Car free days, a diesel free borough, incentives and infrastructure for electric cars; more trees, hedges and green spaces; specific numerical targets on the Camden Air Action Plan and raising awareness in schools for behaviour change were the six action points emerging from Camden Council’s Air Quality conference and the workshop sessions.
Clean Air London’s Simon Birkett mooted the banning of diesel in London within seven years. Birkett said that it was achieved within seven years over coal in 1956, so it should be repeated now. He said there were parallels with the number of people dying in the fifties smogs, and the number dying now. The main difference – the deadly pollution could be seen back then.
Birkett said urban pollution could be divided into particles and gases and NO2 was a good measure of vehicle emissions. He said that some roads in London were the worst for NO2 in the world, and that walking down Oxford Street – everyone would have physiological effects to a certain degree. But on a positive note there had been changes over the last five years with increased media and public awareness – it was a top 3 issue in the Mayoral Election. He said the Ultra Low Emission Zone with charging in 2019 was an advance, but that we needed to be more radical and bring in bans for diesel.
Elliot Traherne, Air Quality Manager at the GLA said that sulphur dioxide had been tackled by legislation and regulations since the eighties, so there was hope. But a graph showing the four phases of attempted legislation on vehicle diesel emissions – Euro 3 – Euro 6 since 2000 had failed, spectacularly, and a case of theoretical driving emissions against real world emissions.
The Euro 3 -6 regulatory standards for diesel in the picture above are represented by a small corner in the South West area compared to what is happening in reality.
Traherne explained the charging schemes planned for the Ultra Low Emission Zone (ULEZ) by 2019, with yellow, red and green zones, and a T-charge for vehicles which don’t meet the Euro 4 standards at £10/day. And in 2019 a £12-60 charge on top of the congestion charge, and £100 for buses and lorries. He said that the ULEZ could reduce NOx London by between 30- 50%.
Keir Starmer (Photo credit: Matthisvalerie)
Local MP Keir Starmer, said that air quality was rising right up the political agenda, with 9000 deaths in London with 246 each year in Camden. He said in other fields it would be an outrage, but air pollution was unseen and hard to grasp.
He said he was pressing for an HS2 adjudicator, where local citizens could come and raise issues, including air pollution and get answers, and accountability and that it might happen. Pressure was also being applied for Old Oak Common to become the transfer terminal, rather than Euston. And he warned that we must keep EU air quality standards, rather than have none or watered down versions after exiting the EU.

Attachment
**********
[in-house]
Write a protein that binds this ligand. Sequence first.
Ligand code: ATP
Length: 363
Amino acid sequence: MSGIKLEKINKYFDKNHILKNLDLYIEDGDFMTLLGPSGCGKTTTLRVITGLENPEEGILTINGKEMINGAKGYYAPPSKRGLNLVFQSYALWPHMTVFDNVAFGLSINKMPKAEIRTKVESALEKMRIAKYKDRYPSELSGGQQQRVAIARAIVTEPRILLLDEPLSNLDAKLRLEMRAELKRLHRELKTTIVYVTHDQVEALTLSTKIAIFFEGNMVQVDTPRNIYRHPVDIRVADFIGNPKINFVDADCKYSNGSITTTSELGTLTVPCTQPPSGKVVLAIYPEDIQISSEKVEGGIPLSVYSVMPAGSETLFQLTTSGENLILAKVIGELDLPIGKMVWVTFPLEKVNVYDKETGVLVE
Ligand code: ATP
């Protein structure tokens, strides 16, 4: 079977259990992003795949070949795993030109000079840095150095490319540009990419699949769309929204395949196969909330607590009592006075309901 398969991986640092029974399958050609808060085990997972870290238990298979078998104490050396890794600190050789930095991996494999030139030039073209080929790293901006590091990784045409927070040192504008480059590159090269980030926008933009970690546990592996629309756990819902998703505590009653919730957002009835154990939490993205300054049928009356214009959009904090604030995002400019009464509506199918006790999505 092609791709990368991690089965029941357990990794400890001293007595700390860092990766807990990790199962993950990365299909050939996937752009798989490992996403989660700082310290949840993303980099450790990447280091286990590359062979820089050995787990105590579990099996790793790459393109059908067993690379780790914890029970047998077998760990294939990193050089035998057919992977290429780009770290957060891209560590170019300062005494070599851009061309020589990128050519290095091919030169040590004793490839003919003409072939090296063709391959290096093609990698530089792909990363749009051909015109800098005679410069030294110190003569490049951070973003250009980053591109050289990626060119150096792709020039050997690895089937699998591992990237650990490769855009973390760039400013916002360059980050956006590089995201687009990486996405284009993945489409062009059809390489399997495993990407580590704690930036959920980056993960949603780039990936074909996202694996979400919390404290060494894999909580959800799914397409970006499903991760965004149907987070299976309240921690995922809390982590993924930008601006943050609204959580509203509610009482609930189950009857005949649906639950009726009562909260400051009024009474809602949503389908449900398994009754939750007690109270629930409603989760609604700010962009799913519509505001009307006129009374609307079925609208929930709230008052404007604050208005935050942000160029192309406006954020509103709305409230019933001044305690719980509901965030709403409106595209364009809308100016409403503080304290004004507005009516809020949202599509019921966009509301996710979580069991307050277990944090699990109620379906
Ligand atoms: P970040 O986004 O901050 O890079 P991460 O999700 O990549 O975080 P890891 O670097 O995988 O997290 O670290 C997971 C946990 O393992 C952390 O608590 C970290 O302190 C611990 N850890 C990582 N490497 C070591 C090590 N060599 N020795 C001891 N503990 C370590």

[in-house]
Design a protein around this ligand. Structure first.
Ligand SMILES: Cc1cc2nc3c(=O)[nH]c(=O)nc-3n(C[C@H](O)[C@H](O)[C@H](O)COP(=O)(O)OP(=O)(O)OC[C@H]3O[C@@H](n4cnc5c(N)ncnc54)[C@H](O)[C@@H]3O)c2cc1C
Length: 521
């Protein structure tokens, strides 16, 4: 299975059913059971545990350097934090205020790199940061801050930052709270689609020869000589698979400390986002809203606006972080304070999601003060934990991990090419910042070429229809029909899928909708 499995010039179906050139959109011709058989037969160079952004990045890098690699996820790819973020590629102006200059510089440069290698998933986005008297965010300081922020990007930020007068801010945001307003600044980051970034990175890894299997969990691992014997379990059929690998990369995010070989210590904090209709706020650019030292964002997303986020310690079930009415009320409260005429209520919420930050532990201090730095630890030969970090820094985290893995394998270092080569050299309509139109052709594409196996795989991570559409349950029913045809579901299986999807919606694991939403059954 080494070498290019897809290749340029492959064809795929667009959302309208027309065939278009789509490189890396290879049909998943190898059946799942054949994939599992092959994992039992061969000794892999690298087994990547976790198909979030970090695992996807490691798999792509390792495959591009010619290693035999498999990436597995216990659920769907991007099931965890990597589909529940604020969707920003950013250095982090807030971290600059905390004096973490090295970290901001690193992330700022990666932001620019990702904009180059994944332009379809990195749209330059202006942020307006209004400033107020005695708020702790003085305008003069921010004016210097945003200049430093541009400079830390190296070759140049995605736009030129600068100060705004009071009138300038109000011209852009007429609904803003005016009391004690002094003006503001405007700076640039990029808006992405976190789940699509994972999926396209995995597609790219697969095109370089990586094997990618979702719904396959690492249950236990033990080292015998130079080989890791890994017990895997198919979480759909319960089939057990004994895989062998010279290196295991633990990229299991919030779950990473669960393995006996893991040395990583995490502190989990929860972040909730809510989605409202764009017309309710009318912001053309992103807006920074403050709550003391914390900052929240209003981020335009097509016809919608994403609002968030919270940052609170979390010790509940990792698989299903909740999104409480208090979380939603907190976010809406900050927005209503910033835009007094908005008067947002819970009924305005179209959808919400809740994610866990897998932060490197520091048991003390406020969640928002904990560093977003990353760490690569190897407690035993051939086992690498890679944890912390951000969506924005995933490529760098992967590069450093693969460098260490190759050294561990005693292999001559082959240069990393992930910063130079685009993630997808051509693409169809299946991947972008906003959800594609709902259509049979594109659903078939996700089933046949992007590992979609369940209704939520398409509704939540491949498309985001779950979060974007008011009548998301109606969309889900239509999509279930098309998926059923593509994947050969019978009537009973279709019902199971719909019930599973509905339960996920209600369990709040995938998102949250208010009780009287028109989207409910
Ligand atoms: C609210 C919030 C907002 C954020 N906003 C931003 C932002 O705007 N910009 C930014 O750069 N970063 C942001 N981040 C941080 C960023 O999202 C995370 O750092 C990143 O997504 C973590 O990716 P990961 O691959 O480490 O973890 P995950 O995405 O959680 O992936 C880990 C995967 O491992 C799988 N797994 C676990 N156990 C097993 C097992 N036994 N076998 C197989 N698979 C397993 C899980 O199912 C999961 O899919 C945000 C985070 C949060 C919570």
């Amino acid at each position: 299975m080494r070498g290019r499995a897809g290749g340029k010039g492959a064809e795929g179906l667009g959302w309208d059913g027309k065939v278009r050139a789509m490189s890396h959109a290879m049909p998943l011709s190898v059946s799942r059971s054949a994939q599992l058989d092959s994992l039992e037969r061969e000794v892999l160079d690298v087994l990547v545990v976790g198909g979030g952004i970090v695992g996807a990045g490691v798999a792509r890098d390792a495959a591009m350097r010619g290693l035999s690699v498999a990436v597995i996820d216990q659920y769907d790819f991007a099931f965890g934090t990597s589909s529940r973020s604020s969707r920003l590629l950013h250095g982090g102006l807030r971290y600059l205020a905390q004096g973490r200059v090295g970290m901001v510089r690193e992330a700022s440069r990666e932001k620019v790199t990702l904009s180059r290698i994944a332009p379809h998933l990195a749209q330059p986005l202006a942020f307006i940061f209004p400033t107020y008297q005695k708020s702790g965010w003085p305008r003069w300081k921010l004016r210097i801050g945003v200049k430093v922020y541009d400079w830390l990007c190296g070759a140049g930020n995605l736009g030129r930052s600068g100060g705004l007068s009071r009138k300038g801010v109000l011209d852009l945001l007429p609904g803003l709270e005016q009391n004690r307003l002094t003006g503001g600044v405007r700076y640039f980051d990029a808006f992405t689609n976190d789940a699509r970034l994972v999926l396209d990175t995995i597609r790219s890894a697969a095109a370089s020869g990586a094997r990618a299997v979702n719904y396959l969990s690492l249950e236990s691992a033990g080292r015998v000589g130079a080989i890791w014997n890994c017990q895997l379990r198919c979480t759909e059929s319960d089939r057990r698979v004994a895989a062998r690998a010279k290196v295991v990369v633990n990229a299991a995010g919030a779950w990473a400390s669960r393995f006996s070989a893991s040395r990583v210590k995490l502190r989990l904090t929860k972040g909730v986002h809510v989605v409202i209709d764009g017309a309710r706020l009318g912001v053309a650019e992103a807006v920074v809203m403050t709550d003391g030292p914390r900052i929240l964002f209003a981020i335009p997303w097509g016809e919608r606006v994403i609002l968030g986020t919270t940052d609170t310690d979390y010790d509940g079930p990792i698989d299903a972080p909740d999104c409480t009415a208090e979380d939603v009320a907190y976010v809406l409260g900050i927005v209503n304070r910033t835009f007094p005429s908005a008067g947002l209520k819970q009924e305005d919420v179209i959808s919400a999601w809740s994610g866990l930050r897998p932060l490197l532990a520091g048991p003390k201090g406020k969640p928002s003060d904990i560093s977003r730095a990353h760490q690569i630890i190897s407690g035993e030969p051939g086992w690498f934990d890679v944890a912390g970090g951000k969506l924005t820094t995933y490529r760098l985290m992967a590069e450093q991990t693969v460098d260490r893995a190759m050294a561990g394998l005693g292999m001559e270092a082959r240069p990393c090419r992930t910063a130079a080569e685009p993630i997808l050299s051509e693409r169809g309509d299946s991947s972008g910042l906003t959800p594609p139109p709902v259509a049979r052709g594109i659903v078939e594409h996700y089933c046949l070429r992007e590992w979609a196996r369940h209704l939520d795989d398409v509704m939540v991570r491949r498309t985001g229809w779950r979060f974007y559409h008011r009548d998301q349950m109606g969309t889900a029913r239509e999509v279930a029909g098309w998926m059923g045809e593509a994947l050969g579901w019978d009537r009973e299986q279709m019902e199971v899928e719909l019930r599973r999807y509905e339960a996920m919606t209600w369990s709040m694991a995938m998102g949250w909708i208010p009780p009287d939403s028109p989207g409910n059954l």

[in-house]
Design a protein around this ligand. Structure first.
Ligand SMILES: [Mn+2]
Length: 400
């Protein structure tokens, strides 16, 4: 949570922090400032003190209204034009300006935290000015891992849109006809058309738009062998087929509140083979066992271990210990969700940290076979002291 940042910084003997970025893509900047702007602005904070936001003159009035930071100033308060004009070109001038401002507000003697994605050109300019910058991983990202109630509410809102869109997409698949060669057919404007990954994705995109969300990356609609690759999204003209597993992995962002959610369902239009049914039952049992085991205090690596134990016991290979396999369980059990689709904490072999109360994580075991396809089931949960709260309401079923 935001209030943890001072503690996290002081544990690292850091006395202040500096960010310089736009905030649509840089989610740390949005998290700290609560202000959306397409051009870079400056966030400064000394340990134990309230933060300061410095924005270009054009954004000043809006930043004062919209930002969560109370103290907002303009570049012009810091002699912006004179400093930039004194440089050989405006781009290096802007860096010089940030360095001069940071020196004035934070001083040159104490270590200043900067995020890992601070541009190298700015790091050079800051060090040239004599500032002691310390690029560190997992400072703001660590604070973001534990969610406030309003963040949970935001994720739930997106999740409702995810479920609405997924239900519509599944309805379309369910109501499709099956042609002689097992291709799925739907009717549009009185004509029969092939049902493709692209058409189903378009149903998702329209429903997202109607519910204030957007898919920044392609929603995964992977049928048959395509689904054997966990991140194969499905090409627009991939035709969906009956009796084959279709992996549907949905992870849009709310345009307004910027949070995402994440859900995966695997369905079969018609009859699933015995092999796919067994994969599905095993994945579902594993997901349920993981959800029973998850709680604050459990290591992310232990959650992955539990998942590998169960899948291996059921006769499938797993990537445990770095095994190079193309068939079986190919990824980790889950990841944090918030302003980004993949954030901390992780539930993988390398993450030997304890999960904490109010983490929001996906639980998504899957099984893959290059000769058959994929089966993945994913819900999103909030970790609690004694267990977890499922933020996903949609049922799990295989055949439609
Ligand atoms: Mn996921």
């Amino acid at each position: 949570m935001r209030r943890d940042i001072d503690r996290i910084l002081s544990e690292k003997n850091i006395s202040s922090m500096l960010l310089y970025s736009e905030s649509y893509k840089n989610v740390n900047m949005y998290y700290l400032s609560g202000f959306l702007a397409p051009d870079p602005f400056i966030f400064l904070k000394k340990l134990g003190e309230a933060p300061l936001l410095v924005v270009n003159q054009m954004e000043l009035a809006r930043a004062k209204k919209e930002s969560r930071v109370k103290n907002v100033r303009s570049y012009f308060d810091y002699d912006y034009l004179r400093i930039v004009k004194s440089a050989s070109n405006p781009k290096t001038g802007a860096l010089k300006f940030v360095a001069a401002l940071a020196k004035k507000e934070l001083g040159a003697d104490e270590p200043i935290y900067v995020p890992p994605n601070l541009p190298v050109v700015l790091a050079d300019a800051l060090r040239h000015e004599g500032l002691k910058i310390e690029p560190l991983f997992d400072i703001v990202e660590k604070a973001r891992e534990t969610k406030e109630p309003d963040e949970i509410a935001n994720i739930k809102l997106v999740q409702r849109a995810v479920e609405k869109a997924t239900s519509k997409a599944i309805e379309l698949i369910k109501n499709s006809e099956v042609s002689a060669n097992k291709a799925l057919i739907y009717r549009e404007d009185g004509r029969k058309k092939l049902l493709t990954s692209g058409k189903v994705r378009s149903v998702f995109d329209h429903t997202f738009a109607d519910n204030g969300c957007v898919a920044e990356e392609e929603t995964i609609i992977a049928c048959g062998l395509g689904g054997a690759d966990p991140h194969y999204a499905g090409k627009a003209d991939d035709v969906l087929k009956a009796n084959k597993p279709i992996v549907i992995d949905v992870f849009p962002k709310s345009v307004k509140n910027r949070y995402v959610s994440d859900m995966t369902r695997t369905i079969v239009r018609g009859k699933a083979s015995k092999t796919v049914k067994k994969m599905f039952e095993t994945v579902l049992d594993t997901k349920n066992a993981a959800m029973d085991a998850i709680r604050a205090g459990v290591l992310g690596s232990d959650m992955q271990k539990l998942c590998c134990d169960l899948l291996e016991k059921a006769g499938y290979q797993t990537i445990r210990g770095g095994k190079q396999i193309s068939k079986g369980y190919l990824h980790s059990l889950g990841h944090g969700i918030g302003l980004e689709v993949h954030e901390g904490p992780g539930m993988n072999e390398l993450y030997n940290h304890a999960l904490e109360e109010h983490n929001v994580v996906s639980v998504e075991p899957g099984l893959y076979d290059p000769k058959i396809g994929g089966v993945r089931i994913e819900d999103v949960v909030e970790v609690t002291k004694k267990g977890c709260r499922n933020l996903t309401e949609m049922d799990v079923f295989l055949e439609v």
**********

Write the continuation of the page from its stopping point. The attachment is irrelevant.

Councillor Meric Apac, cabinet member for Sustainability and Environment and Conference chair opened the meeting by saying the government had seven days to come up with an outline plan to tackle NO2, following the High Court ruling earlier in the day. And finished by saying that fuel duty on diesel was currently lower than that on petrol, and that the government could do something about that.
Questions and Answers?
In the Q&A, Camden Air Quality Officer, Adam Webber said that in the Camden’s revised local plan, new developments won’t be allowed to worsen air existing air quality.
Asked about particulates by Camden Air Action‘s and the Green Party‘s Dee Searle, Simon Birkett said that NOx was localised and dominated by vehicle emissions and that if people moved 10 to 20 yards they would lessen intake, but that particulates come from numerous sources including shipping, agriculture, construction, along with tyres and breaks and fires and it would take more joined up action across different sectors to tackle.
On diesel emissions from construction sites, Adam Webber said that companies had to meet recently updated GLA emission standards and that anyone concerned should contact Environmental Health officers.
In the workshop sessions where delegates formed into smaller groups, ideas to tackle the local air pollution problems were put forward followed by a ranking criteria – 1, 2 or 3. What impact will the idea have on improving local air quality? How much the idea may cost to implement and the impact it could deliver? How easy or difficult the implementation might be. Those ideas with the higher added rank (see above) were deemed to be more attractive and feasible to implement.